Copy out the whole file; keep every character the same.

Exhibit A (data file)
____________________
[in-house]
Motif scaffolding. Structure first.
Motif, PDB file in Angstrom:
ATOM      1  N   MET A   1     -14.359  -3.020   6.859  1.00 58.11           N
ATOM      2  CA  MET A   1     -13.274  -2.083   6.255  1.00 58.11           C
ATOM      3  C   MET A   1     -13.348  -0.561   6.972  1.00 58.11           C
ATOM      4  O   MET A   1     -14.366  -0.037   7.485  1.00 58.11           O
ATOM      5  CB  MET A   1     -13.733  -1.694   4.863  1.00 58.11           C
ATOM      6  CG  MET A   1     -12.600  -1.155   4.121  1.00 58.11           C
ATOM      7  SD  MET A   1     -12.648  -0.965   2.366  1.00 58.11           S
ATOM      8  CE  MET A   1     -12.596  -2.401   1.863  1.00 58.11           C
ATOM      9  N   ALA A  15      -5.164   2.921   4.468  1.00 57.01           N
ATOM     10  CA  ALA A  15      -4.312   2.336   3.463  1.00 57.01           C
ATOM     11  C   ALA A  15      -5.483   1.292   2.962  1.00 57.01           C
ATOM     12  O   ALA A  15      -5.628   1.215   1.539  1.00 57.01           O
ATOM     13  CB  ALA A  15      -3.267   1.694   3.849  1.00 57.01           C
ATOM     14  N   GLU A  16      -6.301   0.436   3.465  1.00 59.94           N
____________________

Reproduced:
[in-house]
Motif scaffolding. Structure first.
Motif, PDB file in Angstrom:
ATOM      1  N   MET A   1     -14.359  -3.020   6.859  1.00 58.11           N
ATOM      2  CA  MET A   1     -13.274  -2.083   6.255  1.00 58.11           C
ATOM      3  C   MET A   1     -13.348  -0.561   6.972  1.00 58.11           C
ATOM      4  O   MET A   1     -14.366  -0.037   7.485  1.00 58.11           O
ATOM      5  CB  MET A   1     -13.733  -1.694   4.863  1.00 58.11           C
ATOM      6  CG  MET A   1     -12.600  -1.155   4.121  1.00 58.11           C
ATOM      7  SD  MET A   1     -12.648  -0.965   2.366  1.00 58.11           S
ATOM      8  CE  MET A   1     -12.596  -2.401   1.863  1.00 58.11           C
ATOM      9  N   ALA A  15      -5.164   2.921   4.468  1.00 57.01           N
ATOM     10  CA  ALA A  15      -4.312   2.336   3.463  1.00 57.01           C
ATOM     11  C   ALA A  15      -5.483   1.292   2.962  1.00 57.01           C
ATOM     12  O   ALA A  15      -5.628   1.215   1.539  1.00 57.01           O
ATOM     13  CB  ALA A  15      -3.267   1.694   3.849  1.00 57.01           C
ATOM     14  N   GLU A  16      -6.301   0.436   3.465  1.00 59.94           N